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Drone delivery of contraband to Canadian prison fails

There’s a lot of talk these days about drone delivery. But there’s one kind of delivery that continues to pose a problem: Using a drone to drop contraband into a prison.

We’ve seen this before. And we’ve just seen it again. The latest happened in Canada, and it was apparently a pretty big drop, with a total value estimated by authorities at CAD $296k. Though authorities often are pretty generous with their estimates, it was still a lot of stuff.

Let’s find out more.

Warkworth Institution

That’s where this latest incident happened. Warkworth is a medium-security institution located in southern Ontario, about a two-hour drive east from Toronto. It houses approximately 625 inmates. And, like any prison, there’s always a demand for contraband.

And some people clearly think the best way to satisfy this demand is through drones.

Drone delivery to prison worth nearly CAD $300k

The news came in a release from Correctional Service Canada. It says the incident occurred on July 22, when a drone apparently dropped a pile of contraband. Staff noticed either the drone or the packages, which did not make it into the hands of the intended recipient:

…as a result of the vigilance of staff members, several packages of contraband were seized as a result of a suspected drone drop at Warkworth institution, a medium security facility. The seized items included a large quantity of tobacco and drugs. The total estimated institutional value of this seizure is $295,920. 

Drone countermeasures?

A growing number of prisons (along with many other secure facilities) are now deploying drone counter measures, intended to detect and potentially (with permission) disable and ground drones by interfering with the Command and Control (C2) link. The release hints that Warkworth Institution has some measures in place, but stops short of saying that it has any kind of counter-measure system:

The Correctional Service of Canada (CSC) has measures in place to prevent contraband and unauthorized items from entering its institutions in order to help ensure a safe and secure environment for everyone. CSC also works in partnership with the police to take action against those who attempt to introduce contraband and/or unauthorized items into correctional institutions.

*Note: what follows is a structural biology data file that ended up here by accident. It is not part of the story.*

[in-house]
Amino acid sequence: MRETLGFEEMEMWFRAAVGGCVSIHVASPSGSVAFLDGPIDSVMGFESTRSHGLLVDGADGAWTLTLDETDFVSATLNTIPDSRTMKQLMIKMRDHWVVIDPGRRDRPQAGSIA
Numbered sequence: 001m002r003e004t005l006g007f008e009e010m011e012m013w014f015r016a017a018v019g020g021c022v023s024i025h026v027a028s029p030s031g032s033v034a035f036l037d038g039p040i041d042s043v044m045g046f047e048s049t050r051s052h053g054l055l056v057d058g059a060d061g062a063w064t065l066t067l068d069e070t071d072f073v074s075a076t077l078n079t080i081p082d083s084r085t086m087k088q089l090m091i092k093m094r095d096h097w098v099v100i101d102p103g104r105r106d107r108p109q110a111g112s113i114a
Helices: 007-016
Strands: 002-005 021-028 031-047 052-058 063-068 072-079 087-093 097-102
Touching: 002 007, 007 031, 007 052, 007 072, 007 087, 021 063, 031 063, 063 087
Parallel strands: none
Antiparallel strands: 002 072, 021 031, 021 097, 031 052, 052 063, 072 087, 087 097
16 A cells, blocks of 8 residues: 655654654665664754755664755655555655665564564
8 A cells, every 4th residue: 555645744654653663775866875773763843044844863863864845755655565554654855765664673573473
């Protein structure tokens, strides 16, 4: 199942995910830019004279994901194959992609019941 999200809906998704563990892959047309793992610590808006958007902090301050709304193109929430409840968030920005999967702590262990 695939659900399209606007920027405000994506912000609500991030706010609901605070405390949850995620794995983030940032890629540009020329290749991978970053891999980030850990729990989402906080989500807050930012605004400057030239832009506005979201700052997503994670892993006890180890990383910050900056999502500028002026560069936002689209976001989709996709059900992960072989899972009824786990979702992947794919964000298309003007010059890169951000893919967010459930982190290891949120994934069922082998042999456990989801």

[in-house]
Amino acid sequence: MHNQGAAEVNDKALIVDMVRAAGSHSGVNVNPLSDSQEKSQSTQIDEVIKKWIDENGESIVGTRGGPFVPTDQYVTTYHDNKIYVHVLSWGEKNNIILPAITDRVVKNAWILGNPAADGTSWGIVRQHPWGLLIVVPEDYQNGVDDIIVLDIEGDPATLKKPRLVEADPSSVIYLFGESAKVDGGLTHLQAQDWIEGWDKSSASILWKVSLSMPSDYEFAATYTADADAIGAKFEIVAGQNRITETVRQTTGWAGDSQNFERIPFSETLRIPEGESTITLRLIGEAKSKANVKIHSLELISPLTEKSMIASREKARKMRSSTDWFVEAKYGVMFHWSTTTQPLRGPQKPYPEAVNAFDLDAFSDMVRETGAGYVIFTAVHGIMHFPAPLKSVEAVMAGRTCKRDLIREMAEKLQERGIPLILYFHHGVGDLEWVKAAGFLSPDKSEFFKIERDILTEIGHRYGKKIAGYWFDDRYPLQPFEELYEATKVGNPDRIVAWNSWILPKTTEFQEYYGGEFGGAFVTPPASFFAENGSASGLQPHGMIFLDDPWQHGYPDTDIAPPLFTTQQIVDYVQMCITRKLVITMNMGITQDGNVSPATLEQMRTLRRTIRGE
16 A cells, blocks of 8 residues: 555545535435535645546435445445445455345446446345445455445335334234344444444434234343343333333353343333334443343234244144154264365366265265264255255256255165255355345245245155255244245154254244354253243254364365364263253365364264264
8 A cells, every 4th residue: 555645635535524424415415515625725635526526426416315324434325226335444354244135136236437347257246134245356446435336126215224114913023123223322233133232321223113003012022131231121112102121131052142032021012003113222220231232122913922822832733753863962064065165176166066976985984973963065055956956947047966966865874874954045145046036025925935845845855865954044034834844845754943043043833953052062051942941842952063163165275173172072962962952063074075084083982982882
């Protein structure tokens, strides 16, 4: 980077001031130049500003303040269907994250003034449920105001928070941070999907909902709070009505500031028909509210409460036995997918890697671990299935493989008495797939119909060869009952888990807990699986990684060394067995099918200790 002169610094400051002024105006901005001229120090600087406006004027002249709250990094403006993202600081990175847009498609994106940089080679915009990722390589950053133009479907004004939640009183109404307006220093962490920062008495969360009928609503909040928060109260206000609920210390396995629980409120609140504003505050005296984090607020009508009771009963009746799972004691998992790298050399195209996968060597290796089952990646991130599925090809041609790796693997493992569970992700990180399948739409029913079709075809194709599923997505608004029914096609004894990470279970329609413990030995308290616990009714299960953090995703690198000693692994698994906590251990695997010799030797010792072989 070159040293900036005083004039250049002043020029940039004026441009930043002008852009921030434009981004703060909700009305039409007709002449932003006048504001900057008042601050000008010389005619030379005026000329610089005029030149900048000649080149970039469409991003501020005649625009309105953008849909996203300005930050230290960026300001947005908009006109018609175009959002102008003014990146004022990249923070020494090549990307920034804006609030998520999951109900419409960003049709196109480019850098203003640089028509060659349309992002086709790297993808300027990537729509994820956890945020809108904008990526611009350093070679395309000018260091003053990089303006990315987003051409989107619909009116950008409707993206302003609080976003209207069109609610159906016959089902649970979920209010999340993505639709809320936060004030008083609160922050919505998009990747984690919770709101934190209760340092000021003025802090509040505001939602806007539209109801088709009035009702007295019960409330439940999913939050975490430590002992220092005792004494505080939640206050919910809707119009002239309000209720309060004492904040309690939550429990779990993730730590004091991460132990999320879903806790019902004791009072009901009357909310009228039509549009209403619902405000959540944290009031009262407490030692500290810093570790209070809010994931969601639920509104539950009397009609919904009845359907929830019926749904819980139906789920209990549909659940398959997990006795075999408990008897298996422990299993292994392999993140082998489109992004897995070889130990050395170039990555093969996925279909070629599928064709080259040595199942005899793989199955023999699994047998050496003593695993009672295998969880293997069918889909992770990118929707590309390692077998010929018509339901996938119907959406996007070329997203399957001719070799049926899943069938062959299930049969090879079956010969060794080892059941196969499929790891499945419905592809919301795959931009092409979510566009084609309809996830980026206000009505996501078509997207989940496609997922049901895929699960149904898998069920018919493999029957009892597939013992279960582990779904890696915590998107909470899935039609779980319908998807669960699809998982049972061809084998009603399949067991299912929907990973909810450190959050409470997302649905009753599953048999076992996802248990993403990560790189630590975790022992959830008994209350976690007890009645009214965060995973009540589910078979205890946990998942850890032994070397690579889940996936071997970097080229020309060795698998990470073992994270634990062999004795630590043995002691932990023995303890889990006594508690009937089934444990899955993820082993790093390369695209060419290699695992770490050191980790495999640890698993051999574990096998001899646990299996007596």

Tip line for drone delivery of prison contraband

Well, it’s not just for drone deliveries. But you can be certain the authorities would like to hear from anyone with tips:

CSC has set up a telephone tip line for all federal institutions so that it may receive additional information about activities relating to security at CSC institutions. These activities may be related to drug use or trafficking that may threaten the safety and security of visitors, inmates and staff members working at CSC institutions. The toll-free number, 1‑866‑780‑3784, helps ensure that the information shared is protected and that callers remain anonymous.

DJI Aeroscope

Of course, odds are good that the drone doing the delivering could well have been a DJI – simply because there are more DJI drones out there than any other brand. One of the proven solutions is the DJI Aeroscope, which can detect not only the model and trajectory of DJI products, but can also pinpoint the location of the pilot.

Aeroscope is a receiver system that is able to intercept communication between drones and their pilots. It provides law enforcement agencies with information on the make, model, speed, altitude, direction, registration, and if required, pilot ID information.

There are, of course, other options out there. One of the Canadian leaders in the drone counter-measure space is Bravo Zulu Secure, which even has maritime deployments to help detect (and potentially jam) drones used by pirates on the high seas to scope out how well-defended a potential target ship might be.

Image: Bravo Zulu Secure

We’ve actually written about Bravo Zulu Secure previously; the company has some proprietary, high-level tech. Might be a useful adjunct for guard towers.


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